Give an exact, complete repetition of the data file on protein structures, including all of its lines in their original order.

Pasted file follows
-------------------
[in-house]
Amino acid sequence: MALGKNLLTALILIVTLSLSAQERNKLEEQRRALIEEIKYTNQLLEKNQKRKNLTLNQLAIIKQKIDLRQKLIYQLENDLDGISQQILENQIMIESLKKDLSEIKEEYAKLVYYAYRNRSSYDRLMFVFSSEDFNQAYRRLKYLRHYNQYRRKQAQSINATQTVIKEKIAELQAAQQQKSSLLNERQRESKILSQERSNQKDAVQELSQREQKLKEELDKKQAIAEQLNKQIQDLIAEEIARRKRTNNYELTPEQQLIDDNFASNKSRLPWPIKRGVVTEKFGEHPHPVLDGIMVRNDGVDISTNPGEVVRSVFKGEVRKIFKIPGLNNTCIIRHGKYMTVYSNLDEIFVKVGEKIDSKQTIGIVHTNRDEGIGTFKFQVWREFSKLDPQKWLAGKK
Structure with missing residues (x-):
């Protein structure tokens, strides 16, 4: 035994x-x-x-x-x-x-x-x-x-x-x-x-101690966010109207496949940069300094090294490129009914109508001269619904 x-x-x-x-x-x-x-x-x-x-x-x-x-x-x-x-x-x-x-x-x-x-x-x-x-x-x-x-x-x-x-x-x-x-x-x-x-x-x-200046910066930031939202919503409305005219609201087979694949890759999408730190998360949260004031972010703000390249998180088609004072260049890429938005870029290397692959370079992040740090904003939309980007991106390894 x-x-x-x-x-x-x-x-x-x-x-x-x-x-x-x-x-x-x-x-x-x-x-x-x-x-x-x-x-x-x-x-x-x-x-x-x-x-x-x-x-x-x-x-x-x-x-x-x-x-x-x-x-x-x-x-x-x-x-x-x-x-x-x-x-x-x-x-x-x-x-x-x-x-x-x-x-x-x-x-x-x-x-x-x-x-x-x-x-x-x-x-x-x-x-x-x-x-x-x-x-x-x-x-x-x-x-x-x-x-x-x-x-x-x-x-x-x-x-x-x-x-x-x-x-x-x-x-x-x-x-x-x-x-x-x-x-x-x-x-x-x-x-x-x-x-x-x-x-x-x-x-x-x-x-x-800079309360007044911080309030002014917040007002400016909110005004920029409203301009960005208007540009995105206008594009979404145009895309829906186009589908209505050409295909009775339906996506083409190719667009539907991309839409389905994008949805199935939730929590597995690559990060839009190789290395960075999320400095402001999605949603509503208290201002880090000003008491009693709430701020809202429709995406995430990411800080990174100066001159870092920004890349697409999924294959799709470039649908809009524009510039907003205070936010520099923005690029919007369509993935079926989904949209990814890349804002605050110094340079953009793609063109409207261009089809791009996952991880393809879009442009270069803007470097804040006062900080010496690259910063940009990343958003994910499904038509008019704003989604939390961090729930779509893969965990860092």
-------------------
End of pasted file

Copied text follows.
[in-house]
Amino acid sequence: MALGKNLLTALILIVTLSLSAQERNKLEEQRRALIEEIKYTNQLLEKNQKRKNLTLNQLAIIKQKIDLRQKLIYQLENDLDGISQQILENQIMIESLKKDLSEIKEEYAKLVYYAYRNRSSYDRLMFVFSSEDFNQAYRRLKYLRHYNQYRRKQAQSINATQTVIKEKIAELQAAQQQKSSLLNERQRESKILSQERSNQKDAVQELSQREQKLKEELDKKQAIAEQLNKQIQDLIAEEIARRKRTNNYELTPEQQLIDDNFASNKSRLPWPIKRGVVTEKFGEHPHPVLDGIMVRNDGVDISTNPGEVVRSVFKGEVRKIFKIPGLNNTCIIRHGKYMTVYSNLDEIFVKVGEKIDSKQTIGIVHTNRDEGIGTFKFQVWREFSKLDPQKWLAGKK
Structure with missing residues (x-):
């Protein structure tokens, strides 16, 4: 035994x-x-x-x-x-x-x-x-x-x-x-x-101690966010109207496949940069300094090294490129009914109508001269619904 x-x-x-x-x-x-x-x-x-x-x-x-x-x-x-x-x-x-x-x-x-x-x-x-x-x-x-x-x-x-x-x-x-x-x-x-x-x-x-200046910066930031939202919503409305005219609201087979694949890759999408730190998360949260004031972010703000390249998180088609004072260049890429938005870029290397692959370079992040740090904003939309980007991106390894 x-x-x-x-x-x-x-x-x-x-x-x-x-x-x-x-x-x-x-x-x-x-x-x-x-x-x-x-x-x-x-x-x-x-x-x-x-x-x-x-x-x-x-x-x-x-x-x-x-x-x-x-x-x-x-x-x-x-x-x-x-x-x-x-x-x-x-x-x-x-x-x-x-x-x-x-x-x-x-x-x-x-x-x-x-x-x-x-x-x-x-x-x-x-x-x-x-x-x-x-x-x-x-x-x-x-x-x-x-x-x-x-x-x-x-x-x-x-x-x-x-x-x-x-x-x-x-x-x-x-x-x-x-x-x-x-x-x-x-x-x-x-x-x-x-x-x-x-x-x-x-x-x-x-x-x-800079309360007044911080309030002014917040007002400016909110005004920029409203301009960005208007540009995105206008594009979404145009895309829906186009589908209505050409295909009775339906996506083409190719667009539907991309839409389905994008949805199935939730929590597995690559990060839009190789290395960075999320400095402001999605949603509503208290201002880090000003008491009693709430701020809202429709995406995430990411800080990174100066001159870092920004890349697409999924294959799709470039649908809009524009510039907003205070936010520099923005690029919007369509993935079926989904949209990814890349804002605050110094340079953009793609063109409207261009089809791009996952991880393809879009442009270069803007470097804040006062900080010496690259910063940009990343958003994910499904038509008019704003989604939390961090729930779509893969965990860092």